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The Morrison Law Journal
March 2017
Volume XII, Edition 3

When There Is Active Negligence On The Part Of The Indemnitee: Court of Appeal
Appears To Narrowly Construe California's New Anti-Indemnity Statute

By: Edward F. Morrison, Jr., Esq.
Larry A. Schwartz, Esq.

As many are aware, pursuant to Senate Bill 474, California Civil Code § 2782.05 was enacted to address what many subcontractors in construction litigation matters perceived to be overreaching by general contractors and developers with respect to indemnity claims. In that regard, Civil Code § 2782.05 provides in part as follows:

"(a) Except as provided in subdivision (b), provisions, clauses, covenants, and agreements contained in . . . any construction contract . . . entered into on or after January 1, 2013, that purport to insure or indemnify, including the cost to defend, a general contractor, construction manager, or other subcontractor, by a subcontractor against liability for claims of death or bodily injury to persons, injury to property, or any other loss, damage, or expense are void and unenforceable to the extent the claims arise out of, pertain to, or relate to the active negligence or willful misconduct of that general contractor, construction manager, or other subcontractor, or their other agents . . ."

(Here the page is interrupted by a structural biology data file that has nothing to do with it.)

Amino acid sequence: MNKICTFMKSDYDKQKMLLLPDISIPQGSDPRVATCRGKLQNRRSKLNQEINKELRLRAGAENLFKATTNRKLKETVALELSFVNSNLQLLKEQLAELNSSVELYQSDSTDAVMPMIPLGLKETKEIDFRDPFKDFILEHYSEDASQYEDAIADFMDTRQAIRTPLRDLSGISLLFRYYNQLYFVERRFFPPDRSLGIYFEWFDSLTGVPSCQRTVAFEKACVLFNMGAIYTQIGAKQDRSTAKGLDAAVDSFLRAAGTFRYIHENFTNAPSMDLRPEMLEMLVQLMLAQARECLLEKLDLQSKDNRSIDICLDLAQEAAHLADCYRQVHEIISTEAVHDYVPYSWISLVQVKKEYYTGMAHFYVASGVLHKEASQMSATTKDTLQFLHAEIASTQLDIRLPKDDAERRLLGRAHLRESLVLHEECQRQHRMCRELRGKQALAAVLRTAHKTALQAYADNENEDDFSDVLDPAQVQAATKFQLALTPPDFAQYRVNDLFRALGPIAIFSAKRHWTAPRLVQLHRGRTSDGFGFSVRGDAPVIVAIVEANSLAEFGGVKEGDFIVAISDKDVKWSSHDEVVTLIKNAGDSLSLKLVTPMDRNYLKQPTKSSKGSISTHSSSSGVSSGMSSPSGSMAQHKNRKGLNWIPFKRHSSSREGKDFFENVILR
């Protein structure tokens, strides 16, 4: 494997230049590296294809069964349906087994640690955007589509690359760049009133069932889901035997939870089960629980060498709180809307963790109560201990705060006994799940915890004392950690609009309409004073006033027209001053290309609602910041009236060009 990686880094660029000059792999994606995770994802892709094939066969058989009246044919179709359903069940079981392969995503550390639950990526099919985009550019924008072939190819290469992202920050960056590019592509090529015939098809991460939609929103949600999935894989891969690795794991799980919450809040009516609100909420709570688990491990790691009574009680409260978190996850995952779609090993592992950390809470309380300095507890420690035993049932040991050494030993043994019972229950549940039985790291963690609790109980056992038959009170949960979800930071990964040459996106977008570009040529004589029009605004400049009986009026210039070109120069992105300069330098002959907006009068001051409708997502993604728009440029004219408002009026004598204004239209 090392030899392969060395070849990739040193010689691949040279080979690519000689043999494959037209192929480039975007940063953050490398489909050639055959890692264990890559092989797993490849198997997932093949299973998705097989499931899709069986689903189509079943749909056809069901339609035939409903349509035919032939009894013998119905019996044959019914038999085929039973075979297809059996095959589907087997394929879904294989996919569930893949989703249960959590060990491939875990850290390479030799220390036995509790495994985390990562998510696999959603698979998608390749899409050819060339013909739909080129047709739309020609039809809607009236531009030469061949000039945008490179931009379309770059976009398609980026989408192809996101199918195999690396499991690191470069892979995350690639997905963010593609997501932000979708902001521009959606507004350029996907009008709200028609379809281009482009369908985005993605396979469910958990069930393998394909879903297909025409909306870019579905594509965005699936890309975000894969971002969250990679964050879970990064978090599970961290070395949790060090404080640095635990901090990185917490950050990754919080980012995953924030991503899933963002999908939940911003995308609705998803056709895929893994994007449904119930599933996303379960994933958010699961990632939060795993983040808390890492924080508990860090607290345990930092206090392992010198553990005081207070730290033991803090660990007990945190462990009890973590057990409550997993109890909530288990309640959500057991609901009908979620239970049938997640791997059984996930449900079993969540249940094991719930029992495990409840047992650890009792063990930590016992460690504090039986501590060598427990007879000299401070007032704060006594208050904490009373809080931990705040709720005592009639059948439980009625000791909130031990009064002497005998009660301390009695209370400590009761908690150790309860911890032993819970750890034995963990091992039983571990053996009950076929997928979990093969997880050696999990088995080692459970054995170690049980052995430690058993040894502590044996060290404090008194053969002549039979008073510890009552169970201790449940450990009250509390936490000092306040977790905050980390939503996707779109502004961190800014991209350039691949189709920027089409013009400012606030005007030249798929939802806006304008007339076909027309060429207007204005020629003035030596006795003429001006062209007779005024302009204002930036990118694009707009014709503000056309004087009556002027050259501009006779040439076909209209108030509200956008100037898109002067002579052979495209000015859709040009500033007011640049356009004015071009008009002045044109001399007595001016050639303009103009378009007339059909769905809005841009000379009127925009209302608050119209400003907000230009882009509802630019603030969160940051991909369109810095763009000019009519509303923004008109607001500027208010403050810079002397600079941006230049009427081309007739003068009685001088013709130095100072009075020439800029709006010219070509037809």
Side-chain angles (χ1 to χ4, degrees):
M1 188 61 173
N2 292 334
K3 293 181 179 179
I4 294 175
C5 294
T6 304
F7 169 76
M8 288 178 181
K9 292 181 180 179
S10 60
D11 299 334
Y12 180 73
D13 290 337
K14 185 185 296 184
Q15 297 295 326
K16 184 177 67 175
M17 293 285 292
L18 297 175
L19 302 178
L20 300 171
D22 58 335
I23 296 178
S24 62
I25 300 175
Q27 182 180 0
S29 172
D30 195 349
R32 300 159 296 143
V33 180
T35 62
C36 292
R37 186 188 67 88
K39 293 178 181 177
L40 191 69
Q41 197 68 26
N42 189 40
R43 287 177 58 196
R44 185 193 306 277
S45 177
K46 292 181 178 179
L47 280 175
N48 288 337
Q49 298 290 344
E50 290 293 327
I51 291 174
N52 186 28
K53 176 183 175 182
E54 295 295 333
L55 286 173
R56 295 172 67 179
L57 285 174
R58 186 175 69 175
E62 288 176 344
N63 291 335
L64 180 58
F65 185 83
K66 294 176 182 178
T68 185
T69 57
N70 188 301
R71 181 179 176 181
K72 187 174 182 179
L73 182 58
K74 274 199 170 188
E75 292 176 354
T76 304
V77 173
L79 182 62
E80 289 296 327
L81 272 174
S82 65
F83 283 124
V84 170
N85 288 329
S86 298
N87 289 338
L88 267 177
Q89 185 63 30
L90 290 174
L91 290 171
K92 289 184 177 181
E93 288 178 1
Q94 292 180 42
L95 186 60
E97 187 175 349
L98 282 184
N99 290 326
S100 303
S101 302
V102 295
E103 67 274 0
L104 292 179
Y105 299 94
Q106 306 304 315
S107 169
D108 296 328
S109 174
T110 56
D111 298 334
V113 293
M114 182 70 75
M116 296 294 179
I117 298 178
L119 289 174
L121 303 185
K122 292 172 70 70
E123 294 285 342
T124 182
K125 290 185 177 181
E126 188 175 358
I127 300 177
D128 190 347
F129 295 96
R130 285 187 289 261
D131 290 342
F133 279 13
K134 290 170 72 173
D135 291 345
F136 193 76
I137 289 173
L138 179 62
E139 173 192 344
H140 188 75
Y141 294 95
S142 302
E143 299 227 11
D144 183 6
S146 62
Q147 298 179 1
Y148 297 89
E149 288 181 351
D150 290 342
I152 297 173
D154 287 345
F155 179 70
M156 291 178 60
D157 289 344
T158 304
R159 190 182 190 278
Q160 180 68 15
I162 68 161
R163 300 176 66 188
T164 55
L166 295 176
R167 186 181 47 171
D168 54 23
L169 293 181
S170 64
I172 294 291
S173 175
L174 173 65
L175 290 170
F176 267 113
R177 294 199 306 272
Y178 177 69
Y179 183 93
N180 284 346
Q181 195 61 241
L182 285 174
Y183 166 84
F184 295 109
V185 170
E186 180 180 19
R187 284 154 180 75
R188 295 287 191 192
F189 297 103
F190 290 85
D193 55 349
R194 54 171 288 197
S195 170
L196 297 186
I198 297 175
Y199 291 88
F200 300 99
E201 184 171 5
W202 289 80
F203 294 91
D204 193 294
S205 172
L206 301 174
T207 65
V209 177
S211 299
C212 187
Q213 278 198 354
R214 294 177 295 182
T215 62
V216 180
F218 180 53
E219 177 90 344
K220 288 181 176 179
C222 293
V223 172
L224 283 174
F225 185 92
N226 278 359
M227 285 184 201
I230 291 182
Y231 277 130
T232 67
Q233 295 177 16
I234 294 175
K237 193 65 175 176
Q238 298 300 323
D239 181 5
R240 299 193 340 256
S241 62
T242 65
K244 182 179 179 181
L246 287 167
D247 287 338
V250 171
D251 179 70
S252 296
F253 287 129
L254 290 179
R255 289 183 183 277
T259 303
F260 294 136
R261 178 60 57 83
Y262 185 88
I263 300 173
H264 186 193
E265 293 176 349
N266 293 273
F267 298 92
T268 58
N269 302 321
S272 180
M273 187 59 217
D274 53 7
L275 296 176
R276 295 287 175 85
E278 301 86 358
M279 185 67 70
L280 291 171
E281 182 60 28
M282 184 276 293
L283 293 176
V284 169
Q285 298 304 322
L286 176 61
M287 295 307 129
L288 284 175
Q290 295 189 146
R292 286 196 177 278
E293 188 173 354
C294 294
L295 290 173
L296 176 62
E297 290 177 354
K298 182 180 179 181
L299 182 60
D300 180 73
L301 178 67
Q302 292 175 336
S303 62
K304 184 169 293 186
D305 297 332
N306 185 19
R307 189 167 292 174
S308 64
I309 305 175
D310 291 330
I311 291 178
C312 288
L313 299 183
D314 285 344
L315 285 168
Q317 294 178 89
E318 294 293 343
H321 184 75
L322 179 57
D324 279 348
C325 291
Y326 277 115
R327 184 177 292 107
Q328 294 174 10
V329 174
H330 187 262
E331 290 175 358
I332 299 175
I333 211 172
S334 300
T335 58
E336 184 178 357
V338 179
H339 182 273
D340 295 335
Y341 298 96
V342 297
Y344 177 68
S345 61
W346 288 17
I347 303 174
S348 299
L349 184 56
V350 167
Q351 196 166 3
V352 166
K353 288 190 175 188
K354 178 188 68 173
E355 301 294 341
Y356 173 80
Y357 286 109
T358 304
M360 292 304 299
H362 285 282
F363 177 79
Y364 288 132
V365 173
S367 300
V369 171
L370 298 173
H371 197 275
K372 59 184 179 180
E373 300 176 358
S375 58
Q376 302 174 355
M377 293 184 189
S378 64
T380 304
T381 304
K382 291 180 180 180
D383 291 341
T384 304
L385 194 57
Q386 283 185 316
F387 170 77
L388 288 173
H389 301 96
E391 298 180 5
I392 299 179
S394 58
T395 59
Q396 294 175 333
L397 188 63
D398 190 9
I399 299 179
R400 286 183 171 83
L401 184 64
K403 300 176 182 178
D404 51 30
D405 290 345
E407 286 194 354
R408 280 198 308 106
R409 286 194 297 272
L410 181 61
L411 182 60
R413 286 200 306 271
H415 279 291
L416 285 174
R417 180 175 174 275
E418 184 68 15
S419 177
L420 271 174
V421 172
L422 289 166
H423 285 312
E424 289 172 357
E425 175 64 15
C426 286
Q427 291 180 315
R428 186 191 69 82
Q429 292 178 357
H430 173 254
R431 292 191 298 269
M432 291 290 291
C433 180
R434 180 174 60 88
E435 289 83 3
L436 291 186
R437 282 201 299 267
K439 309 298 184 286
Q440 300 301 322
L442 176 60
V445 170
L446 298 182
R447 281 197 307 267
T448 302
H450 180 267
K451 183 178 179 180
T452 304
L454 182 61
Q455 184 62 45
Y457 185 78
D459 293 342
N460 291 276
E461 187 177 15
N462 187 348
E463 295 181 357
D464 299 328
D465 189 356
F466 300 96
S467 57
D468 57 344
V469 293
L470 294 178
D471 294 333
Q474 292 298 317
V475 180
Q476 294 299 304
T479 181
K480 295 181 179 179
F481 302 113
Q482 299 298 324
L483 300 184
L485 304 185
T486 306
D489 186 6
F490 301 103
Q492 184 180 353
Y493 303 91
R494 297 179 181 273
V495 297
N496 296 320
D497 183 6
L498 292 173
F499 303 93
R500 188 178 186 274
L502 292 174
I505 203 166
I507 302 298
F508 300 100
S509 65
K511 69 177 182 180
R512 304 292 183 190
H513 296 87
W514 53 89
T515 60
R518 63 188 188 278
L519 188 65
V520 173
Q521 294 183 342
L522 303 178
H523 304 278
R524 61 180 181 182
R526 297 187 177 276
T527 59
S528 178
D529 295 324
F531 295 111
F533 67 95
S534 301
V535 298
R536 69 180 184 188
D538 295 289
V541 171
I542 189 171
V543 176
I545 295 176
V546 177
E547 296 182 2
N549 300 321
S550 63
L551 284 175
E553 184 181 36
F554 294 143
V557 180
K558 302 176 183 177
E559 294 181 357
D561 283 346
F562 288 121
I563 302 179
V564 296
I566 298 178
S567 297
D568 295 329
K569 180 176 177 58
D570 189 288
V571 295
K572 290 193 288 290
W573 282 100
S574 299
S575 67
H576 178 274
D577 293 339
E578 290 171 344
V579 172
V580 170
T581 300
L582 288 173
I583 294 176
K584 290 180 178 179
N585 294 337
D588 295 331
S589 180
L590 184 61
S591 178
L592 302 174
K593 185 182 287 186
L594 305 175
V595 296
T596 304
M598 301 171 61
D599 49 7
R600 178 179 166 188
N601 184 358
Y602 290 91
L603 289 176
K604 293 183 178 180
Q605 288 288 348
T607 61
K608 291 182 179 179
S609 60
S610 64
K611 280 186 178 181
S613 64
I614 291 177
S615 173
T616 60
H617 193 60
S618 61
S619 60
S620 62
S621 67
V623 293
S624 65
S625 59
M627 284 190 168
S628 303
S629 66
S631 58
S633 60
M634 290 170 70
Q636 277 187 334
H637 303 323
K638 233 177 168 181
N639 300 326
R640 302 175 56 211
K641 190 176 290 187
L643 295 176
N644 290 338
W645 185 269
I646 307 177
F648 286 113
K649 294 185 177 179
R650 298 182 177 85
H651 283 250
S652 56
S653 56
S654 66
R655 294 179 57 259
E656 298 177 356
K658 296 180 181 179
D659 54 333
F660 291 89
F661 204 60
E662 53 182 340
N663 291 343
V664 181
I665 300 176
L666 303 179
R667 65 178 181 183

Many practitioners have taken the position that the existence of active negligence on the part of the indemnitee should bar an express indemnity claim in its entirety. That position was advocated successfully at the trial court level in Oltmans Construction Co. v. Bayside Interiors, Inc. (2017) WL 1179391 ("Oltmans Case"), but was then rejected by the Court of Appeal.